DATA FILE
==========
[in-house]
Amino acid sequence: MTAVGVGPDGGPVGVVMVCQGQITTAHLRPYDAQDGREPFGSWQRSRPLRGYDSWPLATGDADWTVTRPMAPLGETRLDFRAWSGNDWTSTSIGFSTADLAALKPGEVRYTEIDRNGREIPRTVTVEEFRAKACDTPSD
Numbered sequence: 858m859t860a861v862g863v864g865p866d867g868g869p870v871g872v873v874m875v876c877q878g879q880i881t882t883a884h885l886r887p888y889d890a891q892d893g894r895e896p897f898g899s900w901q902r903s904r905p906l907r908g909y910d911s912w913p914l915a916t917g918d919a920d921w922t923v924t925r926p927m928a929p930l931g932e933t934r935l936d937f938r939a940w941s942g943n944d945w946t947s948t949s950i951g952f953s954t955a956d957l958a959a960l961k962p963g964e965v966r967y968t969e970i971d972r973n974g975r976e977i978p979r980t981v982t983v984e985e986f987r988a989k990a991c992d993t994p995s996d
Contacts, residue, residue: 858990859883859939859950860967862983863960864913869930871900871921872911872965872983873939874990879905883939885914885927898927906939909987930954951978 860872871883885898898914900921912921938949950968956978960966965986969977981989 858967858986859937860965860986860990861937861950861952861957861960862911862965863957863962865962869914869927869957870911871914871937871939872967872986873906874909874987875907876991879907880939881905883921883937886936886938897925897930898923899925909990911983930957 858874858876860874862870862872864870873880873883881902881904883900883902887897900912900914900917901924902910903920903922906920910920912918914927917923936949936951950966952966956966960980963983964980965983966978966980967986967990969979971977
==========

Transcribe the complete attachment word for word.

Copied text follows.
[in-house]
Amino acid sequence: MTAVGVGPDGGPVGVVMVCQGQITTAHLRPYDAQDGREPFGSWQRSRPLRGYDSWPLATGDADWTVTRPMAPLGETRLDFRAWSGNDWTSTSIGFSTADLAALKPGEVRYTEIDRNGREIPRTVTVEEFRAKACDTPSD
Numbered sequence: 858m859t860a861v862g863v864g865p866d867g868g869p870v871g872v873v874m875v876c877q878g879q880i881t882t883a884h885l886r887p888y889d890a891q892d893g894r895e896p897f898g899s900w901q902r903s904r905p906l907r908g909y910d911s912w913p914l915a916t917g918d919a920d921w922t923v924t925r926p927m928a929p930l931g932e933t934r935l936d937f938r939a940w941s942g943n944d945w946t947s948t949s950i951g952f953s954t955a956d957l958a959a960l961k962p963g964e965v966r967y968t969e970i971d972r973n974g975r976e977i978p979r980t981v982t983v984e985e986f987r988a989k990a991c992d993t994p995s996d
Contacts, residue, residue: 858990859883859939859950860967862983863960864913869930871900871921872911872965872983873939874990879905883939885914885927898927906939909987930954951978 860872871883885898898914900921912921938949950968956978960966965986969977981989 858967858986859937860965860986860990861937861950861952861957861960862911862965863957863962865962869914869927869957870911871914871937871939872967872986873906874909874987875907876991879907880939881905883921883937886936886938897925897930898923899925909990911983930957 858874858876860874862870862872864870873880873883881902881904883900883902887897900912900914900917901924902910903920903922906920910920912918914927917923936949936951950966952966956966960980963983964980965983966978966980967986967990969979971977